Obviously I need to clarify myself. I do feel like many Rolex purchasers are foolish to a degree. While Rolexes are well made and accurate, I don’t feel they are worth nearly the price they bring, whether retail or even more. The main advantage Rolexes have over many other excellent timekeepers is brand recognition. Thanks to the millions Rolex has spent on advertising, everyone knows Rolex, and many feel the brand is the epitome of watchmaking. There are many watchmaking firms whose products are at least as good as Rolex, and far finer finished. If I had the funds for a really fine wristwatch, my options would be broad.
I did have a couple of opportunities to purchase a Rolex years ago before prices went crazy. Had I done so, I would certainly be selling it on, taking my profit, and buying something from a smaller manufacturer.
Maybe it’s just me, but I refuse to pay retail or above for things, particularly when other attractive alternatives exist.
Jack
 
I agree with many of your points, particularly on how well Rolex manages its brand. Rolex may not be the epitome of horology, but it is among the kings of marketing. Witness how Rolex is cracking down on ADs who are charging well above the MSRP. We should all have such problems.

* * *

Also, I'll spend all day online to avoid paying retail for even the most trivial stuff. Then, if the deal is good enough, I'll end up buying too much.:ohmy:
 
I haven’tbeen keeping up with much on the watch front for some time. If Rolex is trying to crack down on people overcharging for their products, that is a very good thing. One of the reasons Rolex costs asmuch as they do is that they keep their production numbers down to avoid an oversupply. I guess it’s a pretty fine line to walk, keeping supplies down to keep prices up, while keeping others from exploiting the scarcity by overcharging. I’d say Rolex needs to increase production slightly.
Jack
 
I think no one would venture so far to say Rolex is Haute Horlogerie. They are good working pieces but nobody wants to see their movements through a glass back. And yes they overcharge for their brand recognition. That being said they do keep their value as @Whilliam eluded. As long as they raise their prices every year between 8-10% they help a healthy secondary market.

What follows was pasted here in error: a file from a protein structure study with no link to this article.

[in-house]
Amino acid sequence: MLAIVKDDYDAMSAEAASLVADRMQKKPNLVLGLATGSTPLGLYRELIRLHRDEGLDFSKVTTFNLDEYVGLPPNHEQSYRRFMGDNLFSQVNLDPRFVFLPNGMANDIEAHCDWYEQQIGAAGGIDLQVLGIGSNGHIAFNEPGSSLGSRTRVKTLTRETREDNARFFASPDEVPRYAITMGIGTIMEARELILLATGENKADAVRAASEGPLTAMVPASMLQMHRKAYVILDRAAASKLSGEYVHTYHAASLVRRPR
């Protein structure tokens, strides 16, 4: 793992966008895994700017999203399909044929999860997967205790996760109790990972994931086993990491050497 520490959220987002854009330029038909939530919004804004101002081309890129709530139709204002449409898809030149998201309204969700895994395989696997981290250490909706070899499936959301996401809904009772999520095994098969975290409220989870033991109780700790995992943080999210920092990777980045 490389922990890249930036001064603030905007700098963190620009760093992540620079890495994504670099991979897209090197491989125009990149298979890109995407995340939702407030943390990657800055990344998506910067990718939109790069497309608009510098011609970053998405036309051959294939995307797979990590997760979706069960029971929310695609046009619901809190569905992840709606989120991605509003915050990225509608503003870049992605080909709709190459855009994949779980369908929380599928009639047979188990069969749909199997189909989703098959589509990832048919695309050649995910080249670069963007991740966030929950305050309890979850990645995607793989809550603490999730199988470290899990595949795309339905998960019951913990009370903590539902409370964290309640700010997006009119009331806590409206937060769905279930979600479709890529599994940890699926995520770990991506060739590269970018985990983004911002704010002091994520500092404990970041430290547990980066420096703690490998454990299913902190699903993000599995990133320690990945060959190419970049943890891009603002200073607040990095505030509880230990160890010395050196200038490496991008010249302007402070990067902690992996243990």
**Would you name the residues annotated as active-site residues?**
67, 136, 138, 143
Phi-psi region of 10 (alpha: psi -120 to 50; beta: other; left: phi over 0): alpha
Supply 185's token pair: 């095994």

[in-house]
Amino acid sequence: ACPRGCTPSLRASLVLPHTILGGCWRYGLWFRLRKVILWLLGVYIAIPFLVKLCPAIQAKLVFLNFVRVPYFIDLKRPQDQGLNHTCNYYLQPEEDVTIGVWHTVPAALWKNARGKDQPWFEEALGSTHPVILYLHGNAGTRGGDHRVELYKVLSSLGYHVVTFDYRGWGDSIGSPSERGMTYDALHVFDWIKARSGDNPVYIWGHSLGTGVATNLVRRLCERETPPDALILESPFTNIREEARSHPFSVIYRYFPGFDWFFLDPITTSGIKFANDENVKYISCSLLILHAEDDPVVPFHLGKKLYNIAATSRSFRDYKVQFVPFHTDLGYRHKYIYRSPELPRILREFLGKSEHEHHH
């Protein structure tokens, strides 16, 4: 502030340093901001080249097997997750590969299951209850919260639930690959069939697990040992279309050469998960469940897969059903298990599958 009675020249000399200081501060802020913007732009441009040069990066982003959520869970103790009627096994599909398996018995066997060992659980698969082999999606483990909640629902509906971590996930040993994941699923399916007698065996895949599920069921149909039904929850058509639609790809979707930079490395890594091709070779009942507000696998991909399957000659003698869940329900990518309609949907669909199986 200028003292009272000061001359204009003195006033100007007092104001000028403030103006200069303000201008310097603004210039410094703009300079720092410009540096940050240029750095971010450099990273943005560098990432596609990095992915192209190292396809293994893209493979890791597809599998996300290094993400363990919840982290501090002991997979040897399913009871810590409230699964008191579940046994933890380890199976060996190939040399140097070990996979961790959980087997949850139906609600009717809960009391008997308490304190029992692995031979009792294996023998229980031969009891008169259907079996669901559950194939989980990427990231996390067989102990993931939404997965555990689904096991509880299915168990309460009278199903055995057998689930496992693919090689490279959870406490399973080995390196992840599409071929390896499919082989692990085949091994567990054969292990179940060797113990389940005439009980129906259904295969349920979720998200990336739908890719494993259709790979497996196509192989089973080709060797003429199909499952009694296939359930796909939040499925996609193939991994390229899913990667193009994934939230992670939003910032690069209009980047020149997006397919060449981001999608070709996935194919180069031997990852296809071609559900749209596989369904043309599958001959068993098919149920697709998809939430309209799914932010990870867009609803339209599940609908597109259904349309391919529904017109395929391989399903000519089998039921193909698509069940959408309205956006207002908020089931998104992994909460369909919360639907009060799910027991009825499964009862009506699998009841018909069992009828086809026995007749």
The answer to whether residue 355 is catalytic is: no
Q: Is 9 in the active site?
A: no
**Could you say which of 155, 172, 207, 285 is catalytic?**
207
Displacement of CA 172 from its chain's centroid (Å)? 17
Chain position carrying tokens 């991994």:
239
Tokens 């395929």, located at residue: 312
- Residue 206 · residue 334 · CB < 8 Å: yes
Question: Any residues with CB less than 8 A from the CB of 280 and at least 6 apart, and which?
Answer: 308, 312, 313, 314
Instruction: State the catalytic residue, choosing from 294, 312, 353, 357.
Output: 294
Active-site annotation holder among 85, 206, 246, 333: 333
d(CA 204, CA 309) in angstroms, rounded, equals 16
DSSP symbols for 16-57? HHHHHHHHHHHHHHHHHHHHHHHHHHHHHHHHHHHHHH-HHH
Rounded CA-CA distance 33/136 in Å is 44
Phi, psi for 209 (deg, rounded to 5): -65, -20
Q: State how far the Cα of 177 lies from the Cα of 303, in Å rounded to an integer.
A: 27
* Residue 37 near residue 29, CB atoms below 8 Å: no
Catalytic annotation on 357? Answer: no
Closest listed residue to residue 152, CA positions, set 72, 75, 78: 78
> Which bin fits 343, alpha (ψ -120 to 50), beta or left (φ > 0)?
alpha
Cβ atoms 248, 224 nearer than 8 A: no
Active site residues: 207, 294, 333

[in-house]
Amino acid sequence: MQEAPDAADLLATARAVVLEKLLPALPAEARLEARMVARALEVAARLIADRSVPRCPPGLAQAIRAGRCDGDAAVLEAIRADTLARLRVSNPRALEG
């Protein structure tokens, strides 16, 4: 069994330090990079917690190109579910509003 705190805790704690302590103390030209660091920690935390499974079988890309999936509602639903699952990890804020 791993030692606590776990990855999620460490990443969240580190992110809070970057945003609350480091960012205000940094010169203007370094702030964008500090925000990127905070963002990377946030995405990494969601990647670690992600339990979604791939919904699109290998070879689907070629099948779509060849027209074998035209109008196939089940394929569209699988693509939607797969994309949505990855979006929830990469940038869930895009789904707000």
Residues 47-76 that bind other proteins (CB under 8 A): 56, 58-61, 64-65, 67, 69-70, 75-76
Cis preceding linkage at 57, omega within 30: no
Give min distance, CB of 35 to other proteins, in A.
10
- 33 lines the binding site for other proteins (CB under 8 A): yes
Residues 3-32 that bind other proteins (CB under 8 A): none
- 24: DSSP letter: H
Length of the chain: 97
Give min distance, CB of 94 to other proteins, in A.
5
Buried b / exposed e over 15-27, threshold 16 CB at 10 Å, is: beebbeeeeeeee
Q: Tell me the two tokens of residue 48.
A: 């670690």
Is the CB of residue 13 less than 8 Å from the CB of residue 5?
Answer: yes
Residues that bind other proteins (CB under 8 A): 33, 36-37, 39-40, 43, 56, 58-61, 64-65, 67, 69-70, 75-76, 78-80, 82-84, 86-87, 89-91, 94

In regards to volume, Rolex produces constantly over all lines close to 1,000,000 watches a year yet never enough of the sought after steel Sporties and there is even a squeeze for bread and butter Datejusts. Years ago there was the Panerai craze with an annual total production of 50,000 pieces and 3,500 pieces per model. Compared to this a Rolex is easy peasy to obtain :)

Where do my ramblings lead…

Nobody has to play their game but buying, using and selling at cost or even a premium works only with Rolex or Patek. I would be hard pressed to find anything else that you can use every day without any devaluation for a longer period of time and with only minimal costs for upkeep and storage.
 
Obviously I need to clarify myself. I do feel like many Rolex purchasers are foolish to a degree. While Rolexes are well made and accurate, I don’t feel they are worth nearly the price they bring, whether retail or even more. The main advantage Rolexes have over many other excellent timekeepers is brand recognition. Thanks to the millions Rolex has spent on advertising, everyone knows Rolex, and many feel the brand is the epitome of watchmaking. There are many watchmaking firms whose products are at least as good as Rolex, and far finer finished. If I had the funds for a really fine wristwatch, my options would be broad.
I did have a couple of opportunities to purchase a Rolex years ago before prices went crazy. Had I done so, I would certainly be selling it on, taking my profit, and buying something from a smaller manufacturer.
Maybe it’s just me, but I refuse to pay retail or above for things, particularly when other attractive alternatives exist.
Jack
As my dad taught me, an item's worth sits at the nexus wherein the price someone is willing to pay for it meets the price for which someone is willing to sell it. No more, no less.